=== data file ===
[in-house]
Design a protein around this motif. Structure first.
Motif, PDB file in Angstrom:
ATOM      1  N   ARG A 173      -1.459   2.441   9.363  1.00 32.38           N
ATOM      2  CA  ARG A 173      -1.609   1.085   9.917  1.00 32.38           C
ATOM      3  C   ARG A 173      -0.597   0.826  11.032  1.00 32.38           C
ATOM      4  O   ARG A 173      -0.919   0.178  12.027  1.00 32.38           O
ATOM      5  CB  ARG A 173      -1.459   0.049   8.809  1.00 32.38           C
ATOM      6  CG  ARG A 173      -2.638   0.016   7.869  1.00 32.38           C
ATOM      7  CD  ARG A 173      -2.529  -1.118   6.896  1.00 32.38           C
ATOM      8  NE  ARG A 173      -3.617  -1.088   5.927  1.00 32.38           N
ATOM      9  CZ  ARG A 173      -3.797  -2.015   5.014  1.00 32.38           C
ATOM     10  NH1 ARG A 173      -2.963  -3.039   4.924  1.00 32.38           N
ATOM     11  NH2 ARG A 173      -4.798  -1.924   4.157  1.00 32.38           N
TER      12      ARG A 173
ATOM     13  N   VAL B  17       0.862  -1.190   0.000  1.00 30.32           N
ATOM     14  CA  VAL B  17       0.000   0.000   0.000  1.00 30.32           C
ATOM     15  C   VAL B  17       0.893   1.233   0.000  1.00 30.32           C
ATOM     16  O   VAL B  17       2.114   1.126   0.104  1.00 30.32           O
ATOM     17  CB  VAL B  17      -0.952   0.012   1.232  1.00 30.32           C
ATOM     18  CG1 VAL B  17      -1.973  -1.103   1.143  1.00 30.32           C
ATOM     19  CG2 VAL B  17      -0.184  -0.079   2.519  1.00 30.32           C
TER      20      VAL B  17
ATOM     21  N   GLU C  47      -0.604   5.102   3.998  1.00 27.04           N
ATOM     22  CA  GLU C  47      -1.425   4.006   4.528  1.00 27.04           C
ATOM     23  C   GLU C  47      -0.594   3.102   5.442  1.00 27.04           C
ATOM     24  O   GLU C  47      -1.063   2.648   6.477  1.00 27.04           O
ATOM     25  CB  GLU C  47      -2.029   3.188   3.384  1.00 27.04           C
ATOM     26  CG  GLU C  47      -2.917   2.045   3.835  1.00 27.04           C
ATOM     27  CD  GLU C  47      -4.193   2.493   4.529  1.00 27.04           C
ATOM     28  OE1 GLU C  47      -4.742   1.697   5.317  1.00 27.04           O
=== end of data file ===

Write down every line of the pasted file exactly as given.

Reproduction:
[in-house]
Design a protein around this motif. Structure first.
Motif, PDB file in Angstrom:
ATOM      1  N   ARG A 173      -1.459   2.441   9.363  1.00 32.38           N
ATOM      2  CA  ARG A 173      -1.609   1.085   9.917  1.00 32.38           C
ATOM      3  C   ARG A 173      -0.597   0.826  11.032  1.00 32.38           C
ATOM      4  O   ARG A 173      -0.919   0.178  12.027  1.00 32.38           O
ATOM      5  CB  ARG A 173      -1.459   0.049   8.809  1.00 32.38           C
ATOM      6  CG  ARG A 173      -2.638   0.016   7.869  1.00 32.38           C
ATOM      7  CD  ARG A 173      -2.529  -1.118   6.896  1.00 32.38           C
ATOM      8  NE  ARG A 173      -3.617  -1.088   5.927  1.00 32.38           N
ATOM      9  CZ  ARG A 173      -3.797  -2.015   5.014  1.00 32.38           C
ATOM     10  NH1 ARG A 173      -2.963  -3.039   4.924  1.00 32.38           N
ATOM     11  NH2 ARG A 173      -4.798  -1.924   4.157  1.00 32.38           N
TER      12      ARG A 173
ATOM     13  N   VAL B  17       0.862  -1.190   0.000  1.00 30.32           N
ATOM     14  CA  VAL B  17       0.000   0.000   0.000  1.00 30.32           C
ATOM     15  C   VAL B  17       0.893   1.233   0.000  1.00 30.32           C
ATOM     16  O   VAL B  17       2.114   1.126   0.104  1.00 30.32           O
ATOM     17  CB  VAL B  17      -0.952   0.012   1.232  1.00 30.32           C
ATOM     18  CG1 VAL B  17      -1.973  -1.103   1.143  1.00 30.32           C
ATOM     19  CG2 VAL B  17      -0.184  -0.079   2.519  1.00 30.32           C
TER      20      VAL B  17
ATOM     21  N   GLU C  47      -0.604   5.102   3.998  1.00 27.04           N
ATOM     22  CA  GLU C  47      -1.425   4.006   4.528  1.00 27.04           C
ATOM     23  C   GLU C  47      -0.594   3.102   5.442  1.00 27.04           C
ATOM     24  O   GLU C  47      -1.063   2.648   6.477  1.00 27.04           O
ATOM     25  CB  GLU C  47      -2.029   3.188   3.384  1.00 27.04           C
ATOM     26  CG  GLU C  47      -2.917   2.045   3.835  1.00 27.04           C
ATOM     27  CD  GLU C  47      -4.193   2.493   4.529  1.00 27.04           C
ATOM     28  OE1 GLU C  47      -4.742   1.697   5.317  1.00 27.04           O